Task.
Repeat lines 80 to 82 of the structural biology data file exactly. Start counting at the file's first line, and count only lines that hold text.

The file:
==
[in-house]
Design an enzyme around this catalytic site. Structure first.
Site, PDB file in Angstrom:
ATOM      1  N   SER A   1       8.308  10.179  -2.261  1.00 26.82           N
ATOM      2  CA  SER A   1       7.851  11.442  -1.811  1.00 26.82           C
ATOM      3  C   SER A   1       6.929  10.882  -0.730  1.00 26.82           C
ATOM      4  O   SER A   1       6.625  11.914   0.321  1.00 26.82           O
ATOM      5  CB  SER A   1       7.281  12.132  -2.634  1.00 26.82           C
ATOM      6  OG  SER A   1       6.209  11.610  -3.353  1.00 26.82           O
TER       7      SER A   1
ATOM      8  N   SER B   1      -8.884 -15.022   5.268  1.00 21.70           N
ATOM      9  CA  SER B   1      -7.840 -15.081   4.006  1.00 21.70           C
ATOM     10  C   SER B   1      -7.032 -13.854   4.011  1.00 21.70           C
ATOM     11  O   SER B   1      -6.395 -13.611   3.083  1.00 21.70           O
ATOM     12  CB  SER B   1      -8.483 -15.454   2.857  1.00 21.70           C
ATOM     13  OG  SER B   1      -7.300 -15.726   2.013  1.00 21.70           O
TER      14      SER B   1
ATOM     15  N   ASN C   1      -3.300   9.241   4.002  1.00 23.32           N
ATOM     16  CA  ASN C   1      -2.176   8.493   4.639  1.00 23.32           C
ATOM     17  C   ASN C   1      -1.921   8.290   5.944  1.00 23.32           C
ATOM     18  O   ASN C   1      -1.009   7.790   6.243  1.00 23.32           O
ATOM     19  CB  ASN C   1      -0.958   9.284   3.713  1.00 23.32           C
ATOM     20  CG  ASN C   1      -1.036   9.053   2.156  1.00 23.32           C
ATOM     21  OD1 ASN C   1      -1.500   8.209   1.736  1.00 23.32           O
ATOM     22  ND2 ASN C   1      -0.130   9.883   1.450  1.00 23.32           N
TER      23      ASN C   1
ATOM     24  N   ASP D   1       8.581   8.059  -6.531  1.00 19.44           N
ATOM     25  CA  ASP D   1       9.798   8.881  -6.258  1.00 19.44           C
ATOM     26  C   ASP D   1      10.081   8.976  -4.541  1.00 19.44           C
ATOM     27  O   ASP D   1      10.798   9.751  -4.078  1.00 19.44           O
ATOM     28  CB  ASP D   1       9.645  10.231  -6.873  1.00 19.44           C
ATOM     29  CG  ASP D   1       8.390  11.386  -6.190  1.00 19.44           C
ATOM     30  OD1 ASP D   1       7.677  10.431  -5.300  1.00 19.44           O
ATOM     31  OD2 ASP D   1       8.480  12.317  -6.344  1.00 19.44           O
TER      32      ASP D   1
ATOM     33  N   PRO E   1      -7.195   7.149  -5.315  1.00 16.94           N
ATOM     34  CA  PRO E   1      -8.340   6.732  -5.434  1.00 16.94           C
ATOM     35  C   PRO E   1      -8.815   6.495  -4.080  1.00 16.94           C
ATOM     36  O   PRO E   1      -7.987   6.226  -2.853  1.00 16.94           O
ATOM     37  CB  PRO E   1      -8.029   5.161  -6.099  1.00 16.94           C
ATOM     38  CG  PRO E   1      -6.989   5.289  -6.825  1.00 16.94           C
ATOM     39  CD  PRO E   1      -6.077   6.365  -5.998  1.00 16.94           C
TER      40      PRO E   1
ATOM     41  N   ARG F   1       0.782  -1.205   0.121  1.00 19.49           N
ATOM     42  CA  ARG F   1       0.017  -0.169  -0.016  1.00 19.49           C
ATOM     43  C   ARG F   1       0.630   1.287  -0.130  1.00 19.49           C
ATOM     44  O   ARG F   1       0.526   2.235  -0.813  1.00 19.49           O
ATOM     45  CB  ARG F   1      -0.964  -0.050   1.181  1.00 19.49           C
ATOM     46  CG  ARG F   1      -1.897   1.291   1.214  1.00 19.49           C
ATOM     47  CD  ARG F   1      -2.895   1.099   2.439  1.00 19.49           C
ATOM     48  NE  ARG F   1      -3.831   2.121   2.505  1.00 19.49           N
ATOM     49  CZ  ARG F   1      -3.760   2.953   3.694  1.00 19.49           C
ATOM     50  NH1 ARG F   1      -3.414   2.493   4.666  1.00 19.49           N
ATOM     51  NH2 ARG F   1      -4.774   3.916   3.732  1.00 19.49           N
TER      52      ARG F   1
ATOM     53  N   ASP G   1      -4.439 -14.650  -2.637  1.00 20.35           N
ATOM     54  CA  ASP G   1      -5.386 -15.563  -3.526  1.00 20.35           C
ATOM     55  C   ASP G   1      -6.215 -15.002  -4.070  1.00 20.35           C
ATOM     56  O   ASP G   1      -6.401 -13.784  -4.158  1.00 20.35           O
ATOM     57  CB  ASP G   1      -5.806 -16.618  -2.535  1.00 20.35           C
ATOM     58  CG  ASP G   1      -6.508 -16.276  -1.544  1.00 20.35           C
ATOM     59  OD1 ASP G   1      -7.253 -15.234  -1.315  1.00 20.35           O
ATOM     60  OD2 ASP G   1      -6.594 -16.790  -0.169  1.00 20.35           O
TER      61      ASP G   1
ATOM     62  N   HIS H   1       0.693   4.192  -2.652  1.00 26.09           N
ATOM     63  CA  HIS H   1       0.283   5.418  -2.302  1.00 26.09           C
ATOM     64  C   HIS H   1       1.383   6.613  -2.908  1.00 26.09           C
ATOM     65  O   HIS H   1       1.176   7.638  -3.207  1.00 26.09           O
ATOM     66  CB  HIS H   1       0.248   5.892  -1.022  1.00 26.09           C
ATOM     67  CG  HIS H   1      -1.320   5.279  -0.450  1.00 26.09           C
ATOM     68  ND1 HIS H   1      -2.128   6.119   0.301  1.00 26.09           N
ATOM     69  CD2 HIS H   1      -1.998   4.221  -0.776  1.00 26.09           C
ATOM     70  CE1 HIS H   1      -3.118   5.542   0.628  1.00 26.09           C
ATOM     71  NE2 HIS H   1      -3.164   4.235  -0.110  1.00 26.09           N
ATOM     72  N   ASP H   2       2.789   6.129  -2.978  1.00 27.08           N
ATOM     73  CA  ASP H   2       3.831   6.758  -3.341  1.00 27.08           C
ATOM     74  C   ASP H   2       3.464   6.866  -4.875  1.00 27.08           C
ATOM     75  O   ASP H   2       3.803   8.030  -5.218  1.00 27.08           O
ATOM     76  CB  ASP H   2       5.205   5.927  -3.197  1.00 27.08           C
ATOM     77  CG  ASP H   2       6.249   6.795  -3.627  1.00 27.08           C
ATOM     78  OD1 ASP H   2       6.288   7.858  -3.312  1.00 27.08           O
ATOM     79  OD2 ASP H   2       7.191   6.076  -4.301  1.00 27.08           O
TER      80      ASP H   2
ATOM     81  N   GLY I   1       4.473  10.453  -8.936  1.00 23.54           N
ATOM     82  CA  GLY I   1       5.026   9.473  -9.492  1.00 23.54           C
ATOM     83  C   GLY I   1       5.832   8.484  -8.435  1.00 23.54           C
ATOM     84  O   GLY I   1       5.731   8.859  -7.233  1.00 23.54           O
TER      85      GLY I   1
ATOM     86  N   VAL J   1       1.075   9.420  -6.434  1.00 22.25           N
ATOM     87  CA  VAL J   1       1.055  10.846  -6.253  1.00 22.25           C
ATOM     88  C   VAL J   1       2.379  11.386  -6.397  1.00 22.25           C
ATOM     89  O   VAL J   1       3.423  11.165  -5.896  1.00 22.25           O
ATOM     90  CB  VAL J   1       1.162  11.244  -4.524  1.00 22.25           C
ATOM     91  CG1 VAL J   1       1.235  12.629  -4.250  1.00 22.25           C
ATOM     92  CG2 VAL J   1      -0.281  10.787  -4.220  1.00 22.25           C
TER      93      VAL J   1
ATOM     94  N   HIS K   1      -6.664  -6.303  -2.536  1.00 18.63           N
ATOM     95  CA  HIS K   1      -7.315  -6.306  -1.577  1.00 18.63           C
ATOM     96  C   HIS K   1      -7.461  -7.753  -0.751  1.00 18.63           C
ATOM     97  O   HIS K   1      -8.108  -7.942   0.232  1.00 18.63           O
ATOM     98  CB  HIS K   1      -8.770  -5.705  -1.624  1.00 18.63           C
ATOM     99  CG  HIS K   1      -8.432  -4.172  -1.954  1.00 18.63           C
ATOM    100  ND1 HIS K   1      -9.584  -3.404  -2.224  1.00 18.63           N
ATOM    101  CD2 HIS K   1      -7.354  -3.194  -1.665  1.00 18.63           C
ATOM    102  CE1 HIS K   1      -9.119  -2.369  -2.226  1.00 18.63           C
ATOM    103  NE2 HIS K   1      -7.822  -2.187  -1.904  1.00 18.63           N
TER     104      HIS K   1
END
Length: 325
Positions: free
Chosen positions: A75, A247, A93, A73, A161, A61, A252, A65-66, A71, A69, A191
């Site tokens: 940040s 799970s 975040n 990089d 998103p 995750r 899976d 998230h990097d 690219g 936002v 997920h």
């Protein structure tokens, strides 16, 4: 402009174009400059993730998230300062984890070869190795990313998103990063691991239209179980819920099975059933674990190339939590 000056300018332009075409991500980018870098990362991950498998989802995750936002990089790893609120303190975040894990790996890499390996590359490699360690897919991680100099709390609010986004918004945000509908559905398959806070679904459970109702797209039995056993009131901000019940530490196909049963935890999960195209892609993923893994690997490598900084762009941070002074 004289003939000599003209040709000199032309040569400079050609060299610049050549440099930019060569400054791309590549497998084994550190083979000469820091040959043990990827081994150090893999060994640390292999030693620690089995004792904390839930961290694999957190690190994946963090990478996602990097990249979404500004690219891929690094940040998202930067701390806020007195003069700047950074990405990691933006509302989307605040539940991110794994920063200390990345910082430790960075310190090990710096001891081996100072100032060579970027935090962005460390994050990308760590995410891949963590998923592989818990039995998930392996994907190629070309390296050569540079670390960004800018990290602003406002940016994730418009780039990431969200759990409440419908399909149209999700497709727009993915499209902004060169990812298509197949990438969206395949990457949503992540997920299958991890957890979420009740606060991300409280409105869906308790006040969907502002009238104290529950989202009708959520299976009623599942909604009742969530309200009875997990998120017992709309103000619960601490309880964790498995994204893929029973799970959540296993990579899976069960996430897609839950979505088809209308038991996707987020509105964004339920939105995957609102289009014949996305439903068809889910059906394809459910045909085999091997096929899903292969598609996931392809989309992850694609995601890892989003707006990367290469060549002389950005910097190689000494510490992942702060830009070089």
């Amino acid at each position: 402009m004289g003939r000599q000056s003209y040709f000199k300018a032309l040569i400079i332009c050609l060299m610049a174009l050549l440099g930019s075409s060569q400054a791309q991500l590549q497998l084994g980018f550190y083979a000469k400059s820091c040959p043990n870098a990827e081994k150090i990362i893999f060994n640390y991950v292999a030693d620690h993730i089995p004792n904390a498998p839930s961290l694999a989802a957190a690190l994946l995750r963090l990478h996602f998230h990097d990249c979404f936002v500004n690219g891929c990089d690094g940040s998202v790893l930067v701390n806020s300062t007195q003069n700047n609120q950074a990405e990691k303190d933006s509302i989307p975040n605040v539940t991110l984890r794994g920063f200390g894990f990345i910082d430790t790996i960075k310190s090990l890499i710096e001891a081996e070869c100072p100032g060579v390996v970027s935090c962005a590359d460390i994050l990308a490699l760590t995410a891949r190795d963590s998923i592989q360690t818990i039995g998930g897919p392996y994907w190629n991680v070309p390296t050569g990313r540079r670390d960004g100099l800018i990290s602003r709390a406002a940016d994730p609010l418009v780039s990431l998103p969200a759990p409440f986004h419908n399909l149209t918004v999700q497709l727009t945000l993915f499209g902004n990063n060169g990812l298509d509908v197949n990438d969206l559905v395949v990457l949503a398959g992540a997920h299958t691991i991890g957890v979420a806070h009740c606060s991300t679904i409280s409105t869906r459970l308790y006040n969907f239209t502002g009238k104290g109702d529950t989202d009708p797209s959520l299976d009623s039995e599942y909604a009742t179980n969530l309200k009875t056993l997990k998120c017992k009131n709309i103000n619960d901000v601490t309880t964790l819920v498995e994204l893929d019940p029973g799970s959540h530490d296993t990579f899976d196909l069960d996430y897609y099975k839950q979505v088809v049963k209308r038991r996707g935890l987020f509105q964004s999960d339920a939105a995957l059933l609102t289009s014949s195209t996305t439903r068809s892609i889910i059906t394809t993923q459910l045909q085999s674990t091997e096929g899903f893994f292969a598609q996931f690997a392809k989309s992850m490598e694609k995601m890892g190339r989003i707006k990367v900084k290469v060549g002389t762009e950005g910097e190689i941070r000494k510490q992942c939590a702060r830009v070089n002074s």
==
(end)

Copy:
ATOM     77  CG  ASP H   2       6.249   6.795  -3.627  1.00 27.08           C
ATOM     78  OD1 ASP H   2       6.288   7.858  -3.312  1.00 27.08           O
ATOM     79  OD2 ASP H   2       7.191   6.076  -4.301  1.00 27.08           O